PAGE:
Imagine being born and raised in New York, the original sneaker mecca, where what you have on your feet has to be as sharp as your mind. Where the lines between performance and fashion are blurred and fresh kicks are a marker of notoriety and style. Where trends are made and inspiration is found.

Imagine being 16 years old with your first real job and wanting nothing more than to get your hands on the oh-so-fly new White Cement Jordan 4s that draw directly from the streets where you were raised. Then imagine being hit with this reality: not only can you not afford them, but they don’t even make them in your size.

Not only is this an example of the effect of the commodification of culture and the unequal power relationship between communities and corporations, it also shows what it’s like to be the perpetual black sheep. It’s easy to villainize appropriation, where no credit is given back to the source of inspiration, but what is to be said for the cases when you have to fight to be seen, heard and respected within your own culture? When your own culture that you love, that you’re truly passionate for, doesn't even recognize that you exist.

Culture is supposed to be reflective of the community it represents. It’s inclusive in nature because it’s created and cultivated by those who it represents, right? Not so much. When it comes to sneaker culture, from the outside, one would think it’s just another boy’s club run by guys for guys – but what about the women? What about the kids from the streets that helped create street culture?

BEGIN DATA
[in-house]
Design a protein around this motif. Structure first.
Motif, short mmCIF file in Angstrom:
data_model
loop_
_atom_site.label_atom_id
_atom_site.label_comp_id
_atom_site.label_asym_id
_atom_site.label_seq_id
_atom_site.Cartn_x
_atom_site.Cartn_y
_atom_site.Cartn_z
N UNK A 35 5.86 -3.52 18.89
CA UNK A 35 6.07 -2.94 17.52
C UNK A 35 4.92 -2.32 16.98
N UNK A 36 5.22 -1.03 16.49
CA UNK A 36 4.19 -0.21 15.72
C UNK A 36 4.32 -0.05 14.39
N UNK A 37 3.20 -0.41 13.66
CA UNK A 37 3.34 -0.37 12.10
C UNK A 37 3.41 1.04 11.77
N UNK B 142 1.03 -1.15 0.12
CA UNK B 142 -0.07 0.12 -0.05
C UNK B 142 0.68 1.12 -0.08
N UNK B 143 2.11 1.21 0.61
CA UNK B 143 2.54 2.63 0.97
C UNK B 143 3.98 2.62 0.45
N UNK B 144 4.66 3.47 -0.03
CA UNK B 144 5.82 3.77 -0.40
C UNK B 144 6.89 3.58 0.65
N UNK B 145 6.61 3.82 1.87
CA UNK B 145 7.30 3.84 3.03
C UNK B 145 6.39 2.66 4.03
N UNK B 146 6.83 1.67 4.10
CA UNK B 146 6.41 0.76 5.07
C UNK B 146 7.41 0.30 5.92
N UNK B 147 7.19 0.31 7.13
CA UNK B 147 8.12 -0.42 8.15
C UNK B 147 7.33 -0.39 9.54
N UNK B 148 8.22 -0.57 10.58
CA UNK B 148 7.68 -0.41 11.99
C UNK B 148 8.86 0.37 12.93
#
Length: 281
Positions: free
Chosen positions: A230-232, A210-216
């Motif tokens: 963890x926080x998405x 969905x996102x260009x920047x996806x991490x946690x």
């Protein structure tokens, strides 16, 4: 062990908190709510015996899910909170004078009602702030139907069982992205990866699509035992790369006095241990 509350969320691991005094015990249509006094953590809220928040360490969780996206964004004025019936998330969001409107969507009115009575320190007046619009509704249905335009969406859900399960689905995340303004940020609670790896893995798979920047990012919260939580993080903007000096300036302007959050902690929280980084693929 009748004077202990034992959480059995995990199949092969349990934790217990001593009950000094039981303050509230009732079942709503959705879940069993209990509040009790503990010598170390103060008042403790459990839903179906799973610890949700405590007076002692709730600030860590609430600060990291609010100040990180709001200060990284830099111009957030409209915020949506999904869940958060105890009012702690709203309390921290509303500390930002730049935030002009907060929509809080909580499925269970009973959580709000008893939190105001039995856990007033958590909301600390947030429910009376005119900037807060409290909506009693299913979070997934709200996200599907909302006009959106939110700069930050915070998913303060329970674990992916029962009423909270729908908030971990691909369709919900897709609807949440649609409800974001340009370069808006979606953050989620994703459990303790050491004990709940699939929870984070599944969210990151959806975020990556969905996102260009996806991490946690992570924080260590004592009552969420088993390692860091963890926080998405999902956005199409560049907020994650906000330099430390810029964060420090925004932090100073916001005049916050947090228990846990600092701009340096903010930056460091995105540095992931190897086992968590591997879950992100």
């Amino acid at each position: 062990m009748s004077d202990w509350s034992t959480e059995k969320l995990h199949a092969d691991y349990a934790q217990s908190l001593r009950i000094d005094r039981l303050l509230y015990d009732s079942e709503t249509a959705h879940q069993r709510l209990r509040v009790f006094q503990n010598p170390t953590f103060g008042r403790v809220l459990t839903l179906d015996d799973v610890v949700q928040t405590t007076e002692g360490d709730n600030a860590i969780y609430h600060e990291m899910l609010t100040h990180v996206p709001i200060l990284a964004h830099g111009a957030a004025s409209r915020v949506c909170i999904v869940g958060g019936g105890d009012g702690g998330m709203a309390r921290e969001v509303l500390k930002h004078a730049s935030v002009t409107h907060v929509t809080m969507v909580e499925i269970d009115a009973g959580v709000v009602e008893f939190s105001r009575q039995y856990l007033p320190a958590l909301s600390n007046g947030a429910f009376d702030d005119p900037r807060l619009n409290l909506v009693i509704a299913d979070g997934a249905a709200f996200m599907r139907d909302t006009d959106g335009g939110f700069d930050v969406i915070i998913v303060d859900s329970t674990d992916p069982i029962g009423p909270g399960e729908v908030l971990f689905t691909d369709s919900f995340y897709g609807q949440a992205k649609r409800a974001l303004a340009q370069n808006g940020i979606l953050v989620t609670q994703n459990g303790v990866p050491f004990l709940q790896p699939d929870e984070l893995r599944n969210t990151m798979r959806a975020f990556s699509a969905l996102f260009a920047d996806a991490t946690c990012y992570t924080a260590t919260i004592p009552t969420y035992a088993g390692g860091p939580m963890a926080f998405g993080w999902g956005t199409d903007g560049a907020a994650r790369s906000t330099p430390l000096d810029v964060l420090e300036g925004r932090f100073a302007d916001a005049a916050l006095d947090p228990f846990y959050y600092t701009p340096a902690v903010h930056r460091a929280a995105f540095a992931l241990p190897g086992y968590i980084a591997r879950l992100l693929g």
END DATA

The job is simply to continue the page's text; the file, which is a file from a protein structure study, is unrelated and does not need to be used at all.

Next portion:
Until recently, women who loved sneakers just as much as the guys would have to settle for dolled up versions that are victim to “shrink and pink,” hope for kids sizes in the latest releases or simply admire from the sidelines. This, however, has been changing. Thanks to women like Vashtie, Melody Ehsani, Solange and Rihanna, we’re seeing a sliver of the much needed representation of women in the industry. Despite living in a time where “diversity and inclusion” are the buzzwords in every industry, they are terms that are preached more than they are practiced.

It’s time to give credit where it’s due and celebrate the groups that are creating culture but getting no credit, and to motivate the youth to take control of their impact. Straight to Feet is here to disrupt what you think about mainstream sneaker culture. Curators, Brittany and Khiana of Incop[HER]ated, have developed Straight to Feet as an event rooted in empowerment, support, and idea sharing. Consisting of a student workshop and all female panel, Straight to Feet is an amalgamation of individuals sharing experiences and perspectives and working to shift the system, hosted in the neighborhood that is today's heart of the sneaker mecca — SoHo, New York.

It’s about recognizing the unrecognized and reshaping the existing narratives surrounding women in sneakers; it’s about amplifying the voices of women behind the scenes and the kids immersed in the culture. Straight to Feet empowers students by introducing them to the opportunities their passions carry and the power of their influence. It gives these impactful women, a space to have a discussion that goes beyond their experiences as women in male-dominated industry and delves into the nuances and direction of sneaker culture through a female lens.

Join Incorp[HER]ated at Straight to Feet on Saturday November 18th at 2pm to hear from the women shaping and driving the culture. RSVP at Any high schoolers interested in the student workshop, email